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(Some Guy)   Man informs County Commission of little known Florida law that allows him to shoot each of them if they sell his home. Promptly learns of revised statute about threatening public servants   (saintpetersblog.com) divider line 63
    More: Florida  
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5914 clicks; posted to Main » on 17 Jul 2014 at 10:08 AM (1 year ago)   |  Favorite    |   share:  Share on Twitter share via Email Share on Facebook   more»



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2014-07-17 08:23:33 AM  
he then said that if the county sold his home, he would have the right to shoot every member of the commission.

Well, is he right?
 
2014-07-17 08:45:42 AM  

dookdookdook: he then said that if the county sold his home, he would have the right to shoot every member of the commission.

Well, is he right?


That's what I want to know.
If he's right, is that really a threat?

Where is the line drawn between warning someone of the consequences of their actions and threatening them?
 
2014-07-17 08:45:43 AM  

dookdookdook: he then said that if the county sold his home, he would have the right to shoot every member of the commission.

Well, is he right?


After all, he was just standing his ground.
 
2014-07-17 08:50:58 AM  

dookdookdook: Well, is he right?


Judging from his beard and eyes, Imma gonna go with "no".
 
2014-07-17 08:52:19 AM  

dookdookdook: he then said that if the county sold his home, he would have the right to shoot every member of the commission.

Well, is he right?


He's wearing an anti-'UN Agenda 21' t-shirt in the photo, so chances are he's full of sovereign citizen craziness.  He probably imagines he has the right in the same way that he imagines courts with gold fringed flags don't have jurisdiction over him.
 
2014-07-17 08:53:49 AM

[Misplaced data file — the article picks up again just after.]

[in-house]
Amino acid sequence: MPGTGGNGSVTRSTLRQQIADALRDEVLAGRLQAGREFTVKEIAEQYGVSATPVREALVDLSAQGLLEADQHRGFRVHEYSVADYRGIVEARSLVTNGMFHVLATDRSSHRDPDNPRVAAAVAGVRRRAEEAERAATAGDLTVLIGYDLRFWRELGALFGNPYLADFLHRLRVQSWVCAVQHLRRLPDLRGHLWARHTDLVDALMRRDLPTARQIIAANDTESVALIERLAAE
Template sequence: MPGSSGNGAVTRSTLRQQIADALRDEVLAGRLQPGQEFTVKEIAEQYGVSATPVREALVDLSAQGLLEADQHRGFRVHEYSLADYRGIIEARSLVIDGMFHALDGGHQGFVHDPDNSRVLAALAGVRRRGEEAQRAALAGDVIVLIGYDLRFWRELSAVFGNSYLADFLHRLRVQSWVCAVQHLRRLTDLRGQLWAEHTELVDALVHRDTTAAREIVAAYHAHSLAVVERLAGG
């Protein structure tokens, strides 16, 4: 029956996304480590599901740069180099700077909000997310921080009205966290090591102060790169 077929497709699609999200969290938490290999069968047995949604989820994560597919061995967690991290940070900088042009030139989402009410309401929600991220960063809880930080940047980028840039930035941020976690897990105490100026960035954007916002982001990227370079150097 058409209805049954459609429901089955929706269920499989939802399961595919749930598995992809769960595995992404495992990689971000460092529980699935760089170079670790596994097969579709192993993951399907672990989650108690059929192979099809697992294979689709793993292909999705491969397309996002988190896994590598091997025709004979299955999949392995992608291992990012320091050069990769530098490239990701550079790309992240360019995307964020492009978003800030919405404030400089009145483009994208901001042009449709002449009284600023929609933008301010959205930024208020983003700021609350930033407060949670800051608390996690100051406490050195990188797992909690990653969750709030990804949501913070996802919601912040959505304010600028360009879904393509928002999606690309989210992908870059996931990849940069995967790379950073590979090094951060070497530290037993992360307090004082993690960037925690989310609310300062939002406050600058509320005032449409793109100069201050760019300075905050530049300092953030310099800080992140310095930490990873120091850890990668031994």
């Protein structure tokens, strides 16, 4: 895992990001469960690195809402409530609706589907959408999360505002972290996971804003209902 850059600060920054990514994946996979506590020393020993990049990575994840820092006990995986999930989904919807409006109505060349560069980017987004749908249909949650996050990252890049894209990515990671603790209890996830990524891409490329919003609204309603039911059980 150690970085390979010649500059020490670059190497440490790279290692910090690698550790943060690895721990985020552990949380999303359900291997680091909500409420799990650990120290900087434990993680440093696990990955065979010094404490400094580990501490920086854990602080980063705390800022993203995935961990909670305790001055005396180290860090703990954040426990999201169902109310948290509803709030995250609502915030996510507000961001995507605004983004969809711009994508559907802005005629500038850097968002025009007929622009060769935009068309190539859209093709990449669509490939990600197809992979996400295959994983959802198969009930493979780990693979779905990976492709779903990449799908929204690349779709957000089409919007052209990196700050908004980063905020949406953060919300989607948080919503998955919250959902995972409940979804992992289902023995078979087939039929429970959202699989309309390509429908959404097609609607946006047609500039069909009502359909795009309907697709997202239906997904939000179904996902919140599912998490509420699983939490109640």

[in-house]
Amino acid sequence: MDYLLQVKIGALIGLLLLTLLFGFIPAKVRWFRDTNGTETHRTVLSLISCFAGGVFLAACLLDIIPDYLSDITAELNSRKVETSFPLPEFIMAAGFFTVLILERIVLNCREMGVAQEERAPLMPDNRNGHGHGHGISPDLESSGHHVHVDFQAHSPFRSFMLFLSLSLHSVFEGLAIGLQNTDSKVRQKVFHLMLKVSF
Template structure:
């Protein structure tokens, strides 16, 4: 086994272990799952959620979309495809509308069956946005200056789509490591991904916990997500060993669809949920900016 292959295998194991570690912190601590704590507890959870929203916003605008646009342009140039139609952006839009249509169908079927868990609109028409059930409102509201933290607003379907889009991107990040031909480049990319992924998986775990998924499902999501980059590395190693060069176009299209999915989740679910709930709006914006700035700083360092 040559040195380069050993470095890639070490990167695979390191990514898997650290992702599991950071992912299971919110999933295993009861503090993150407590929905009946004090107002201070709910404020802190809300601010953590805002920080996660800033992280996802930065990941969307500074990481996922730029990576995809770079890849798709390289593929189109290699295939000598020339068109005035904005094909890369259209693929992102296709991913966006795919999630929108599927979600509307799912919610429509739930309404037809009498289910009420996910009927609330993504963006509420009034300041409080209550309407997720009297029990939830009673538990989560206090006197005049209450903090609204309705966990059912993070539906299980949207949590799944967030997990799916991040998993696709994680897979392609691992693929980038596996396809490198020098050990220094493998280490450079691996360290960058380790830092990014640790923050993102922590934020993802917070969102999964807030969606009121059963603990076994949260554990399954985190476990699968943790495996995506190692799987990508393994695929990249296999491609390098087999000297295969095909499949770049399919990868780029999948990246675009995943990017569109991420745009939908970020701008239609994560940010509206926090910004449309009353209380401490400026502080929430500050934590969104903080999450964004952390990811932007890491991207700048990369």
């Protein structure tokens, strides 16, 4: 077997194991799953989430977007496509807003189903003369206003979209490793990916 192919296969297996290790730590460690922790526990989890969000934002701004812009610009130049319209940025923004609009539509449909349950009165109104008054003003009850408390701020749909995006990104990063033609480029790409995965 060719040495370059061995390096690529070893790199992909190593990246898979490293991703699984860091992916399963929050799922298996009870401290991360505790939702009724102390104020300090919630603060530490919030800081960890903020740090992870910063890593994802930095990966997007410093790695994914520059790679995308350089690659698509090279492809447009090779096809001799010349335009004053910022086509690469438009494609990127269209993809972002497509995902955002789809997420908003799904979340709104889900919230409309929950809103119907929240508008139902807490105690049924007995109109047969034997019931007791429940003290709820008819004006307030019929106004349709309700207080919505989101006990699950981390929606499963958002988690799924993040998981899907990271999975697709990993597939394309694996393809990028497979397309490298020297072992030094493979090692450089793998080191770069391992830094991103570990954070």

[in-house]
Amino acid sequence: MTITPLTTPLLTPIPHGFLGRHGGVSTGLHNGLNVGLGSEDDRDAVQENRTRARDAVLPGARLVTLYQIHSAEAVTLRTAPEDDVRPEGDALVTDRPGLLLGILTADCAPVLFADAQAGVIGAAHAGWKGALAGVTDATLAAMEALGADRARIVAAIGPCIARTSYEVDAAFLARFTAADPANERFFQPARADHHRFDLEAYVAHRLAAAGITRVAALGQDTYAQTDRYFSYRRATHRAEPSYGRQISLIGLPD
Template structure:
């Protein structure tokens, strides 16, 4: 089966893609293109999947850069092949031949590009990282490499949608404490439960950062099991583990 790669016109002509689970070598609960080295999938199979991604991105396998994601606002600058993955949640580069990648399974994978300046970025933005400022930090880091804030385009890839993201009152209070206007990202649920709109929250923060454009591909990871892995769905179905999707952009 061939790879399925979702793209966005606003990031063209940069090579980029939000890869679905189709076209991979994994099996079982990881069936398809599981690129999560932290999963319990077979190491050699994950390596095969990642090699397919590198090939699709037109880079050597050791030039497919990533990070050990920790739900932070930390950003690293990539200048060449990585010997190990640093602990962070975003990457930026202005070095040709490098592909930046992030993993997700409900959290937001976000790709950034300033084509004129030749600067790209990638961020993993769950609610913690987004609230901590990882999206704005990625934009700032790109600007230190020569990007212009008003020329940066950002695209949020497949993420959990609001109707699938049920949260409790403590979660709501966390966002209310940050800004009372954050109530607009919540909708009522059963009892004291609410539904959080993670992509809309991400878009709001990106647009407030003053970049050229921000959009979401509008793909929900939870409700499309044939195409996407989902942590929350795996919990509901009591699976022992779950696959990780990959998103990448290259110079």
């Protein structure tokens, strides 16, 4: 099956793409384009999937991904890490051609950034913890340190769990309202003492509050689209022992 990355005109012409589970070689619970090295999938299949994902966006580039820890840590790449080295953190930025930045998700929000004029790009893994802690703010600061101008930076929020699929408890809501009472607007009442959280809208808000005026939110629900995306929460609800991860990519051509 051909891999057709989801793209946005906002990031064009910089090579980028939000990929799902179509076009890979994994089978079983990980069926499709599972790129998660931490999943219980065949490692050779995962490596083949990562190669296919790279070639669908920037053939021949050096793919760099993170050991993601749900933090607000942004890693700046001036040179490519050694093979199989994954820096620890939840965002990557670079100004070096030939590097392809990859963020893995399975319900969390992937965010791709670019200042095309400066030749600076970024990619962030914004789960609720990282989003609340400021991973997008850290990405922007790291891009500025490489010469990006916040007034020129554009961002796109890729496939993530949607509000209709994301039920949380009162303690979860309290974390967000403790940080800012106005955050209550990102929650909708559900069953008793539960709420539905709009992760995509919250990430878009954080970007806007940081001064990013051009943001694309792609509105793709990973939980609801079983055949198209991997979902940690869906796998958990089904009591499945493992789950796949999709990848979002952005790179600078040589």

See, libs? POLITE SOCIETY. He didn't shoot them, he just reminded them he could and would.
 
ZAZ [TotalFark]
2014-07-17 08:58:22 AM  
Honest Bender

I have a notion that conditional threats -- "I'll commit a crime if some condition comes to pass" -- are not a crime in Massachusetts, but I can't find a source so I may be misremembering. I'll quote the notes to the Massachusetts District Court model jury instructions for the crime of threatening to commit a crime:
The offense of threatening to commit a crime only reaches cases of "true threats," which do not qualify as protected speech. Commonwealth v. Sholley, 432 Mass. 721, 727, 739 N.E.2d 236, 241 (2000). The term "true threat" distinguishes between words that literally threaten but have an expressive purpose such as political hyperbole, and words that are intended to place the target of the threat in fear. Commonwealth v. Chou, 433 Mass. 229, 236, 741 N.E.2d 17, 23 (2001). Compare Watts v. United States, 394 U.S. 705, 706, 708 (1969) (per curiam ) (statement at political rally that, if inducted into Army and made to carry rifle, "the first man I want to get in my sights is L.B.J.," was, given its conditional nature and context in which it was m ade, political hyperbole and, therefore, not a "true threat" under 18 U.S.C. § 871[a]), with United States v. Fulmer , 108 F.3d 1486, 1490, 1492 (1st Cir. 1997) (voicemail message to Federal agent that "[t]he silver bullets are coming. . . . Enjoy the intriguing unraveling of what I said to you" was, given defendant's history of threats against the agent, reasonably understood as a "true threat" under 18 U.S.C. § 875[c]). See also Chou , 433 Mass. at 237, 741 N.E.2d at 23 (2001) (missing person flyer describing ex-girlfriend in sexually offensive and abusive language was a "true threat").
 
2014-07-17 09:03:37 AM  
ZAZ:

Thanks for the education! :-)
 
2014-07-17 09:51:07 AM  
Hey schlubby, it's statue....

i1.ytimg.com
 
2014-07-17 09:54:48 AM  

dookdookdook: Well, is he right?


Good question, this is Florida after all.
 
2014-07-17 10:11:05 AM  
Wearing an anti-agenda 21 shirt too. This guy is going for the high score.
 
2014-07-17 10:12:00 AM  
Even if he is wrong, his threat alone is sufficient reason to entirely repeal the "self defense" statutes in the state of Florida.
 
2014-07-17 10:13:00 AM  
That article is a little light on the details.
 
2014-07-17 10:14:25 AM  
Couple things:

1: He is waring an "Agenda 21" t-shirt.
2: How do you owe a county $300k?
 
2014-07-17 10:14:50 AM  
www.saintpetersblog.com

Bet his home is full of Glen Beck books.
 
2014-07-17 10:19:00 AM  
Pettin' my dog? That's a shootin'.
Lookin' at my wife all googly-eyed? That's definitely a shootin'.